My 5 Favorite Editing Extensions August 3, 2016 – Posted in: Photography – Tags: , ,

The built-in editing tools for Photos for OS X are good. But the editing extensions that you can use with the app are great. About half the images that I process with Photos go through one of these extensions.

So I thought that you might be curious about my favorites. I definitely have a few that I use more than others. So here are my top 5.

Tonality by Macphun

Like many editing extensions, Tonality can be used as a standalone app or integrated into Photos as an extension. I use it primarily with Photos. And it is my go-to B&W editor.

Tonality includes so much of what I love about Google’s Silver Efex Pro, but it integrates better with my workflow. And it has additional features such as layers. I usually start with one of the presets, then customize to taste.

External Editors for Photos

This nifty extension allows you to use practically any image editor with your Photos workflow. It’s really incredible, and it’s only 99 cents in the Mac App Store.

So now you can use Photoshop, Alien Skin Exposure X, or just about anything else to fine tune your shots, and stay within the Photos environment.

DxO OpticsPro for Photos

I love the lens corrections and smart lighting algorithms that DxO OpticsPro for Photos adds to my workflow.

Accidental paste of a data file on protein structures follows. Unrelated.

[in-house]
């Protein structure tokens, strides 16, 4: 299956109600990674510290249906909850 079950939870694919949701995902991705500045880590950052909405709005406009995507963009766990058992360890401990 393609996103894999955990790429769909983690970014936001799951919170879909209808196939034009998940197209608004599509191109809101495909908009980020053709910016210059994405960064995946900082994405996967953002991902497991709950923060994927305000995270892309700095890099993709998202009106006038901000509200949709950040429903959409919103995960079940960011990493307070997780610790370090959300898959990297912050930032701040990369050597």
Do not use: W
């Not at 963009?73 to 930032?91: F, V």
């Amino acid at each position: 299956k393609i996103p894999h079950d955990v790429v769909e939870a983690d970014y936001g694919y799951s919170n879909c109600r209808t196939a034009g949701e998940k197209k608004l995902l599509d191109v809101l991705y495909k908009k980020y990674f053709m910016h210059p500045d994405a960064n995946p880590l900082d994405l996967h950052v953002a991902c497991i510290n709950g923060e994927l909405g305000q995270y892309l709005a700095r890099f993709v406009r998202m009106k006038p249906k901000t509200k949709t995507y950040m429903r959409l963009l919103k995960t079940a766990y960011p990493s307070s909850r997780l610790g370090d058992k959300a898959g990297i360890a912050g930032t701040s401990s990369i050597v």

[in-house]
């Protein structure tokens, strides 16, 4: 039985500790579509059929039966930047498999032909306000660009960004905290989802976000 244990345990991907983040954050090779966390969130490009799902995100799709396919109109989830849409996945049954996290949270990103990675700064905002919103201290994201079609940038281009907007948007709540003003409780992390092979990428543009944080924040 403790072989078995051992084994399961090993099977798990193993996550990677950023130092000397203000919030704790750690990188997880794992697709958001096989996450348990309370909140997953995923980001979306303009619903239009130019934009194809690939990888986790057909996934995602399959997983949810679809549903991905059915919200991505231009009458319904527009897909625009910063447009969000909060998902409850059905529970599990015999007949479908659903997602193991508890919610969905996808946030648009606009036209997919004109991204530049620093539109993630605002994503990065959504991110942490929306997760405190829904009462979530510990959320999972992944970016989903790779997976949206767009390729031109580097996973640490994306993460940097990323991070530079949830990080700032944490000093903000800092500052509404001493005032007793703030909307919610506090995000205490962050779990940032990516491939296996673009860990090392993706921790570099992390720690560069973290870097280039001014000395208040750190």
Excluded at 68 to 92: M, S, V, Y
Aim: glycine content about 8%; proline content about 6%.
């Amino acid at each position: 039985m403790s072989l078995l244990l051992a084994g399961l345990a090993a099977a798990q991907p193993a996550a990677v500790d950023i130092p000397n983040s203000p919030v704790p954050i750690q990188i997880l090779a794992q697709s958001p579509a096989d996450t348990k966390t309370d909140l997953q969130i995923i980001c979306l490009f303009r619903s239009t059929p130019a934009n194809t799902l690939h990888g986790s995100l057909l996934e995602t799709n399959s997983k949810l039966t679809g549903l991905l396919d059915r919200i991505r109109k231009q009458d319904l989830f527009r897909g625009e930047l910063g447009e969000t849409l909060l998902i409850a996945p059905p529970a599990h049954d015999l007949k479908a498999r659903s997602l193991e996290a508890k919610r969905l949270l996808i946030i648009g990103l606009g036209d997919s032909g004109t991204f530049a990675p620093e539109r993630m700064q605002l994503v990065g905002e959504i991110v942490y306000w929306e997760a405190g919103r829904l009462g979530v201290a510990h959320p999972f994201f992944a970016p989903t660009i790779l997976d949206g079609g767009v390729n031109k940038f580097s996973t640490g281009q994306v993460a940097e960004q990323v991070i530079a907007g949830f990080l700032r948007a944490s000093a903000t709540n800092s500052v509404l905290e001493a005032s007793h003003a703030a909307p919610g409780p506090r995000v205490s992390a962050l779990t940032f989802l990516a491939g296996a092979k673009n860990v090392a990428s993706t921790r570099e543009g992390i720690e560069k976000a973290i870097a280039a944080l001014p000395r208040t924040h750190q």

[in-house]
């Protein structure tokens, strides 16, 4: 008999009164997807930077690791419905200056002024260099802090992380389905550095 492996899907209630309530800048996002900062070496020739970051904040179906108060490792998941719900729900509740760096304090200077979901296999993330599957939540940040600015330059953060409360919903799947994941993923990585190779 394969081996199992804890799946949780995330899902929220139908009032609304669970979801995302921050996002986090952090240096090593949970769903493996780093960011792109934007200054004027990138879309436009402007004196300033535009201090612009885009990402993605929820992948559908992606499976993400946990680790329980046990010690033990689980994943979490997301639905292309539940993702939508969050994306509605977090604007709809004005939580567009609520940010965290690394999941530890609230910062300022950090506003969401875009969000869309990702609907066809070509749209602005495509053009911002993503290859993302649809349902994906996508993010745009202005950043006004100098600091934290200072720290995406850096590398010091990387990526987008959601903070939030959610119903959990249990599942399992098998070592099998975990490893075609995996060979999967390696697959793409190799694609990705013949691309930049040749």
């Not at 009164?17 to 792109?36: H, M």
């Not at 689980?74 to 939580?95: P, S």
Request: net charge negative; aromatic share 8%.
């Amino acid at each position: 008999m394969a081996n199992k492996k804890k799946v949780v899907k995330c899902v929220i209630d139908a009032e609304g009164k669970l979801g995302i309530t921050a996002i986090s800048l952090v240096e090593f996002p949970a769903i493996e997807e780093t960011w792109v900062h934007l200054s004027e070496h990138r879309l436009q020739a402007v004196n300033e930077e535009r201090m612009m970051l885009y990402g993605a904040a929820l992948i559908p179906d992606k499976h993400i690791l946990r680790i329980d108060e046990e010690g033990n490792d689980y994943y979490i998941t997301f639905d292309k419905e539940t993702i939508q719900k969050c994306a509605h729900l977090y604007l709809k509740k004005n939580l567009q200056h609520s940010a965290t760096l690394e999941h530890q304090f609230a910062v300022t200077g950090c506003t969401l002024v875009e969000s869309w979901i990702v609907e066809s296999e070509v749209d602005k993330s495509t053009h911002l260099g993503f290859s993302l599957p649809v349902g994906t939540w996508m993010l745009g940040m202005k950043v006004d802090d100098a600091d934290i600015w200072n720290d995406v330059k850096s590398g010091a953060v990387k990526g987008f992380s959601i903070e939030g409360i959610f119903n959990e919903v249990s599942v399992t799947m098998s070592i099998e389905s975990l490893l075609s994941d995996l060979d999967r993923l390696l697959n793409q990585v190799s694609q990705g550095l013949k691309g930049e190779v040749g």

DxO’s Optics Modules automatically identify the camera and lens used to capture each photo, then instantly correct for a variety of optical flaws, such as distortion, chromatic aberration, vignetting, and lens softness.

I doubt you’ll ever seen lens corrections appear as native tools in Photos. But thanks to DxO, we can have them right now as an editing extension.

Pixelmator Retouch Extension

Pixelmator has been a favorite Mac editing app for a long time, and now they’ve brought those powerful tools to Photos as the Pixelmator Retouch Extension.

The six primary tools are repair, color, clone, soften, light, and sharpen. And they work great. Add these to the native tools already in Photos, and you begin to feel like that you have all the options that you need for the bulk of your post processing.


Aurora HDR

I’ve used so many HDR programs over the years, but I’ve settled on Aurora HDR as my favorite. Co-developed with Trey Ratcliff, Aurora HDR provides you with a cornucopia of presets, and then sophisticated tools to add the finishing touches.

The end result is great software that you can use as a standalone app or part of your Photos workflow.

More About Photos

If all of this sounds appealing to you, then you might want to learn more about editing extensions and the Photos app via my book, The Apple Photos Book for Photographers. I’ll warn you now, this isn’t your basic snapshooters guide. I focus on the tools and techniques that enthusiast photographers want to use in their workflow. And I show that Photos is far more sophisticated than many realize. You can download a copy today.